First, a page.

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Top International Schools in Singapore

Discuss various schooling options for your children here.
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boffenl
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Postby boffenl » Thu, 25 Aug 2011 8:16 am

I guess it is those serious drawbacks that I'm trying to uncover. My concerns are that the local school system is "perceived" to be either too difficult or woefully inadequate. I'm just hoping my experience can shed some light via a real experience and not just perception and rumor.

BTW, I am only speaking about primary education in this thread. Because I do not have experience with secondary education I don't comment.

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Postby rothhimmel » Fri, 26 Aug 2011 5:55 pm

boffenl wrote:The vast majority of children in local schools do not receive extra tuition.Extra tuition does not mean higher scores.


[color=darkred]Great to see your information regarding the efficacy of extra curricular tuition. Do you know of a address at which I can see numbers that address or flesh out your experiential knowledge?

There’s a few foundation, well flogged ideas that get my attention in this area and as is often the case, I ask questions … even if only of myself. One area of interest for me is the, ummmm, strident contrapuntal and approved, approving use of the word itself, “kiasu,”

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Postby rothhimmel » Fri, 26 Aug 2011 6:21 pm

boffenl wrote: I guess it is those serious drawbacks that I'm trying to uncover.

You and me, boffenl. Maybe some will chime in with first person reports of circumstances anywhere in the scale between way-difficult and thoughtfully designed and executed education.

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Postby rothhimmel » Thu, 01 Sep 2011 3:40 pm

boffenl wrote:it is those serious drawbacks that I'm trying to uncover. .


[color=darkred]You may have guessed I'm gathering information to better inform a decision between MOE and private schools.

In fact, as you also may have divined, up to this moment I favor MOE. In fact I just learned that SAS uses “Chicago Math,”

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Postby boffenl » Thu, 01 Sep 2011 4:05 pm

Data is hard to come by on such a divisive topic. Annecdotal (sp?) evidence is never enough when it concerns money, children, prestige and upward mobility.

Good luck uncovering something--I'd love to see it too!

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Postby Mary Hatch Bailey » Thu, 01 Sep 2011 6:09 pm

[quote="rothhimmel"]In fact I just learned that SAS uses “Chicago Math,”

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Postby rothhimmel » Tue, 13 Sep 2011 6:40 pm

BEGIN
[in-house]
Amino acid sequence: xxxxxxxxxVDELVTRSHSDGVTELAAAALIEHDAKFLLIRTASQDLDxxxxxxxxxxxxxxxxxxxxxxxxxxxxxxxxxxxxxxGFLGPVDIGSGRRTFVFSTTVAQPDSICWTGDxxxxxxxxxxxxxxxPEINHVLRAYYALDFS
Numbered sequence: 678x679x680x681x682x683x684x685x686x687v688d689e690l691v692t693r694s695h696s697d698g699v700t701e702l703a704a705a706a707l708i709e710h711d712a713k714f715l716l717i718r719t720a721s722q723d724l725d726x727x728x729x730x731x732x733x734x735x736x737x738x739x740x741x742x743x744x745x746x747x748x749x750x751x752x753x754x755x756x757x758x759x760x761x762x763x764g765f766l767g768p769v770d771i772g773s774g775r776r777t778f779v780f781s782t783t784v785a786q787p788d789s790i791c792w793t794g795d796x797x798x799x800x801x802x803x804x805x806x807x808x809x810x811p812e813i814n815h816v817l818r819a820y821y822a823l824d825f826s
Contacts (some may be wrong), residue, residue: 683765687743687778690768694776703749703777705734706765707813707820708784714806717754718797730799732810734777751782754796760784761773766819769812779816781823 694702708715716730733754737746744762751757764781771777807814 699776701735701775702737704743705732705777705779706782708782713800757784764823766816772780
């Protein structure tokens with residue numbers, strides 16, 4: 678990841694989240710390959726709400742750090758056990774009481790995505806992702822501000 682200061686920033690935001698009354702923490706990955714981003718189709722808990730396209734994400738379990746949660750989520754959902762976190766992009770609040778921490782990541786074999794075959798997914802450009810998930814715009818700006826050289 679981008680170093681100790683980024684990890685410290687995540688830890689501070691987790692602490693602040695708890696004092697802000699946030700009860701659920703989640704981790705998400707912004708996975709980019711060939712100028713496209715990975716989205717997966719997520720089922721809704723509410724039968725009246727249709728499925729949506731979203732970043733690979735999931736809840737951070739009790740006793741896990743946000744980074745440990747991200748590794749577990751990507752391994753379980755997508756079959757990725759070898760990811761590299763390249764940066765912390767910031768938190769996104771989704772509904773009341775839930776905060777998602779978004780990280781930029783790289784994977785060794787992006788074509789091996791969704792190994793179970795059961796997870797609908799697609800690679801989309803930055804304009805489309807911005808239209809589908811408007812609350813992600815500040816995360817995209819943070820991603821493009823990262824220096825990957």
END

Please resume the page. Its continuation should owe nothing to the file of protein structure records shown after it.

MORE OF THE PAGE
boffenl wrote:Data is hard to come by on such a divisive topic. Good luck uncovering something--I'd love to see it too!


'morning Boffenl ...

I'm still wrestling with the "public or private" school problem and it occurred to me there may be, ummm, for lack of a better term, an education consultant that can quote numbers in various areas, say, for instance university acceptance for both classes of school.

You have knowledge of any such practitioners?

wow. Who knew this discussion would rise like a rocketpower hobgoblin?

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Postby boffenl » Wed, 14 Sep 2011 8:35 am

That would be a tough one since most International School students would pursue their tertiary education outside Singapore versus local students who would prefer to stay local. And local university places are not enough for the demand unlike in the US and Canada where a student who wants to study can find a place. That being said, there are many more local school educated students studying at US Ivy League Uni's than SG International School students, and not just because the sheer numbers of students are different (more local students) but the Ivy's have shown a marked preference for certain local schools and recruit heavily there, as do major US state universities like Purdue, Iowa, Ohio, Texas and the UC system.

Not to be a downer on International Schools, but my understanding is Raffles Institute alone produces two or three Harvard kids a year versus SAS, Tanglin and UWCSEA that does not. Again, maybe Harvard has different recruitment criteria than just what's on paper I don't know. And that's if you want to use the Ivy's as a yardstick--I'm not sure that's the way to go either.

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Postby rothhimmel » Wed, 14 Sep 2011 10:38 am